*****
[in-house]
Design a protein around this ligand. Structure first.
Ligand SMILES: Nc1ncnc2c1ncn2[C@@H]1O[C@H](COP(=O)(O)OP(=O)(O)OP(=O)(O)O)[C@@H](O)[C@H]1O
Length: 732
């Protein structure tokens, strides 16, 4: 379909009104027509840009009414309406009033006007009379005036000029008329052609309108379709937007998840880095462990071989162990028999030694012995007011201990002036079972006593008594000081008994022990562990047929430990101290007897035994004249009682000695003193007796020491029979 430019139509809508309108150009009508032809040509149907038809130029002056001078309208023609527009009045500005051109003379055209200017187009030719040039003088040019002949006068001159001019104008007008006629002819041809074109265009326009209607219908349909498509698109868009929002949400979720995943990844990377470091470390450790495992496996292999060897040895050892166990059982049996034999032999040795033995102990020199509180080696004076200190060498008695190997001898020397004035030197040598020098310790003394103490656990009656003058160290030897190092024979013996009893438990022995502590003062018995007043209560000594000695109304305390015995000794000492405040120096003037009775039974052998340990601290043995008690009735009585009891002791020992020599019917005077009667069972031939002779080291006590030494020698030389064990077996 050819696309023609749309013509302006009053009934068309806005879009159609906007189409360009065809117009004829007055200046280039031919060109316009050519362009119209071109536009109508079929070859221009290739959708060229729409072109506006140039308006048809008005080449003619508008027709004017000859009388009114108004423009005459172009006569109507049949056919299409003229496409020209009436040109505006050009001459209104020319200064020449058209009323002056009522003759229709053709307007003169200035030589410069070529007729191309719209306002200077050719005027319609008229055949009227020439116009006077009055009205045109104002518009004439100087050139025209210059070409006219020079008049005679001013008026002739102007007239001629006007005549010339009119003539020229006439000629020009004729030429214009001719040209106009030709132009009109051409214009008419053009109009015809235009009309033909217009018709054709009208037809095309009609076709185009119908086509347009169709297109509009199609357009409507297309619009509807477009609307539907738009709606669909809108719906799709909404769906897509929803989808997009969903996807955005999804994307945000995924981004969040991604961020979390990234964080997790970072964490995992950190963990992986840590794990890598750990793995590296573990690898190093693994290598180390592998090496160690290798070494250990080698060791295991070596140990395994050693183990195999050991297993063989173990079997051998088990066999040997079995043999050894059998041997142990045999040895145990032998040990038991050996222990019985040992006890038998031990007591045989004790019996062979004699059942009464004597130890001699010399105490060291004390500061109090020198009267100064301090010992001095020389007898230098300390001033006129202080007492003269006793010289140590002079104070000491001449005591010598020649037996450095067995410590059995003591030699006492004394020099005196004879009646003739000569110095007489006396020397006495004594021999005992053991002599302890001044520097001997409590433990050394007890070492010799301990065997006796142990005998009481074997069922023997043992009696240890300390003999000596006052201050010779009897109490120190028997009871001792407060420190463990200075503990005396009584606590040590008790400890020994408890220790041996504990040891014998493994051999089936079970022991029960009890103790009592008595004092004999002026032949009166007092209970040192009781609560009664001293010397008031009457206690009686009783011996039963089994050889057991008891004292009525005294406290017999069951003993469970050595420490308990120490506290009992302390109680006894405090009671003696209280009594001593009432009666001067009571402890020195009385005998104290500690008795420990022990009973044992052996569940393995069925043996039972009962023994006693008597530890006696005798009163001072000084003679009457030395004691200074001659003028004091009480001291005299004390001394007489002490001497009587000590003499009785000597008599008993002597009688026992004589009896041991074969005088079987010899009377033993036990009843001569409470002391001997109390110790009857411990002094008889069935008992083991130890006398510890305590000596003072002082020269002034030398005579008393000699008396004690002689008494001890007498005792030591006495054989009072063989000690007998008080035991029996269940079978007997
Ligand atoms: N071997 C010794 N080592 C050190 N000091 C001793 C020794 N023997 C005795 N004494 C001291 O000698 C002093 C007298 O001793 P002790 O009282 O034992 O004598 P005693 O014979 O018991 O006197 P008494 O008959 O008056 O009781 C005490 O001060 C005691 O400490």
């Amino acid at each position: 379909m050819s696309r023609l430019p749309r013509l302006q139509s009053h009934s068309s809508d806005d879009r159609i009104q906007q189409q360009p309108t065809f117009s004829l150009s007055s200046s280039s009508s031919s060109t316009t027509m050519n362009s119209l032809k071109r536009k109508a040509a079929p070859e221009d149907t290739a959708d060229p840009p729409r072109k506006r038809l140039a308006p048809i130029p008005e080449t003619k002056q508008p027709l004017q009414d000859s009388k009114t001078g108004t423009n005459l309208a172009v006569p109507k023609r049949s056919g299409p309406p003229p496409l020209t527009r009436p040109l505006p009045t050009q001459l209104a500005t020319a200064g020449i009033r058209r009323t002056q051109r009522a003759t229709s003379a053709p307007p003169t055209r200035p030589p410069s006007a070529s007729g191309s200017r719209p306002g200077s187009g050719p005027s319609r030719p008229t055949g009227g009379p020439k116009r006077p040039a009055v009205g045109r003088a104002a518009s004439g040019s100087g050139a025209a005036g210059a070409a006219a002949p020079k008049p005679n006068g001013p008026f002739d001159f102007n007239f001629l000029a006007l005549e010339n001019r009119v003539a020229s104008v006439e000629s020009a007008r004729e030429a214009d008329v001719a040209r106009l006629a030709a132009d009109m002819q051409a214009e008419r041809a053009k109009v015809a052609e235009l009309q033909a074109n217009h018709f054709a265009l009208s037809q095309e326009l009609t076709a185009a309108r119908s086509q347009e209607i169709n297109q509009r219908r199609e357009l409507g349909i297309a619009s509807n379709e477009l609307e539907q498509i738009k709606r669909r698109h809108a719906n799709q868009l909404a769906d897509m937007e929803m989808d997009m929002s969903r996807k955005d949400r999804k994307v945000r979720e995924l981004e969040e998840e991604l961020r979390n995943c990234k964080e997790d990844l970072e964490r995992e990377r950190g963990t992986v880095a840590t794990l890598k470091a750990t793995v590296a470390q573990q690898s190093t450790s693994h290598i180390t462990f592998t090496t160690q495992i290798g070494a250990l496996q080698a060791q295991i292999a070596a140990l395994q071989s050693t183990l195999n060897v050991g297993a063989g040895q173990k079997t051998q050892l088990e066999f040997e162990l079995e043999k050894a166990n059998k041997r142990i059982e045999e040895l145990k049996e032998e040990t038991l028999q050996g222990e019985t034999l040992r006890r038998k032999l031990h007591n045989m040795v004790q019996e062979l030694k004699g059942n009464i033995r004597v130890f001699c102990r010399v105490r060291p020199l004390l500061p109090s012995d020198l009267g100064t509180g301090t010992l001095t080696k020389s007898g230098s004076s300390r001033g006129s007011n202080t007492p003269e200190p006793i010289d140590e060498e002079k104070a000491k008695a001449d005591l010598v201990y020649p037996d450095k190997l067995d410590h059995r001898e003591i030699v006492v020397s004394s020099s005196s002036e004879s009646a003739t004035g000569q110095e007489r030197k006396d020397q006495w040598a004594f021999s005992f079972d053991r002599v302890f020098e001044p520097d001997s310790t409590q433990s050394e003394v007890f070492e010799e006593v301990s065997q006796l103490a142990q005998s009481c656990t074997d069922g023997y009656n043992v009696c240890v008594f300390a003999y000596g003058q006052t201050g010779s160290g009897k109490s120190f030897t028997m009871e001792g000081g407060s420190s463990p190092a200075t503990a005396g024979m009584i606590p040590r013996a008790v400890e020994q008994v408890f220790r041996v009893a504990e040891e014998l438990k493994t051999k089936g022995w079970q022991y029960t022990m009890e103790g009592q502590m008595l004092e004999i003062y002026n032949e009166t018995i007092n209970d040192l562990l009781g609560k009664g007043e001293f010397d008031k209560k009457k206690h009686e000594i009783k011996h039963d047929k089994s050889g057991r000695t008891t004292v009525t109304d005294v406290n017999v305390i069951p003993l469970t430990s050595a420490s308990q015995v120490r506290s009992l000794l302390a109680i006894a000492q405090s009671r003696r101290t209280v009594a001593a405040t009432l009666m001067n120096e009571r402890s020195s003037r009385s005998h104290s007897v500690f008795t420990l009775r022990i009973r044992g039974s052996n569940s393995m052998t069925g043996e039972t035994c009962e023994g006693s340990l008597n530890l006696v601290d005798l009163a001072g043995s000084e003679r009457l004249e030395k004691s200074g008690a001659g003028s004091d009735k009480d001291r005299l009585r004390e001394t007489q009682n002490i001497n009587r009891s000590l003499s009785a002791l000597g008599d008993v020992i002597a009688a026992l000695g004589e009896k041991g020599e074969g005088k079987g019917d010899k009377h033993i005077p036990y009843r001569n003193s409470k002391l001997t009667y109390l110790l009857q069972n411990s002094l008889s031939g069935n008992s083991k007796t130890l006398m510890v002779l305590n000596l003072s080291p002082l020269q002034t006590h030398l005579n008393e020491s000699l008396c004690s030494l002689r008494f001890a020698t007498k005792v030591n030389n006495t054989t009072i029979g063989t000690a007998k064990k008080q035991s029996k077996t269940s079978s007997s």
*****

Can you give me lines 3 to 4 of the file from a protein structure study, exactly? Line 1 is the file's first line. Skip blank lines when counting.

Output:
Ligand SMILES: Nc1ncnc2c1ncn2[C@@H]1O[C@H](COP(=O)(O)OP(=O)(O)OP(=O)(O)O)[C@@H](O)[C@H]1O
Length: 732